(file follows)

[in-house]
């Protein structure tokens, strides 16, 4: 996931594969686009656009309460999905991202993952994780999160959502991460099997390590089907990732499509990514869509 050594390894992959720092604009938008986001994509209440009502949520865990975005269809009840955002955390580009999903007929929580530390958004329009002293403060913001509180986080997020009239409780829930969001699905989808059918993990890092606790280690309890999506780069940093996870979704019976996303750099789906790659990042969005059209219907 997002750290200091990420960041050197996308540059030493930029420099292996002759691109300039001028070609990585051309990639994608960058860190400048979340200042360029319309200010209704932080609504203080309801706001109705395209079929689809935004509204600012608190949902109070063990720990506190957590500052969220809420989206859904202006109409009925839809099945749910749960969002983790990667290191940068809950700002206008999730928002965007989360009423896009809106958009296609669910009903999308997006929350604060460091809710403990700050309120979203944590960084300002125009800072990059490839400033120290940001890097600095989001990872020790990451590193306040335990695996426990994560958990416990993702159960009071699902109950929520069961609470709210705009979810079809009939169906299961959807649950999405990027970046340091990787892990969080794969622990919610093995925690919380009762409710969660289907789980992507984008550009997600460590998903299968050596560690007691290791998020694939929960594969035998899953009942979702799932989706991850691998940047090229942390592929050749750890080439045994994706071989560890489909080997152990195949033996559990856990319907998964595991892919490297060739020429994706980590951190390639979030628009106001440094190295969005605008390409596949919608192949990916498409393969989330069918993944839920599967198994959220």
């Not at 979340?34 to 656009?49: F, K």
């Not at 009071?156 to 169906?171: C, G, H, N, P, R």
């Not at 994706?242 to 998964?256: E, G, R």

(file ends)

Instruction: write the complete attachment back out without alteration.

[in-house]
């Protein structure tokens, strides 16, 4: 996931594969686009656009309460999905991202993952994780999160959502991460099997390590089907990732499509990514869509 050594390894992959720092604009938008986001994509209440009502949520865990975005269809009840955002955390580009999903007929929580530390958004329009002293403060913001509180986080997020009239409780829930969001699905989808059918993990890092606790280690309890999506780069940093996870979704019976996303750099789906790659990042969005059209219907 997002750290200091990420960041050197996308540059030493930029420099292996002759691109300039001028070609990585051309990639994608960058860190400048979340200042360029319309200010209704932080609504203080309801706001109705395209079929689809935004509204600012608190949902109070063990720990506190957590500052969220809420989206859904202006109409009925839809099945749910749960969002983790990667290191940068809950700002206008999730928002965007989360009423896009809106958009296609669910009903999308997006929350604060460091809710403990700050309120979203944590960084300002125009800072990059490839400033120290940001890097600095989001990872020790990451590193306040335990695996426990994560958990416990993702159960009071699902109950929520069961609470709210705009979810079809009939169906299961959807649950999405990027970046340091990787892990969080794969622990919610093995925690919380009762409710969660289907789980992507984008550009997600460590998903299968050596560690007691290791998020694939929960594969035998899953009942979702799932989706991850691998940047090229942390592929050749750890080439045994994706071989560890489909080997152990195949033996559990856990319907998964595991892919490297060739020429994706980590951190390639979030628009106001440094190295969005605008390409596949919608192949990916498409393969989330069918993944839920599967198994959220």
């Not at 979340?34 to 656009?49: F, K």
């Not at 009071?156 to 169906?171: C, G, H, N, P, R």
């Not at 994706?242 to 998964?256: E, G, R």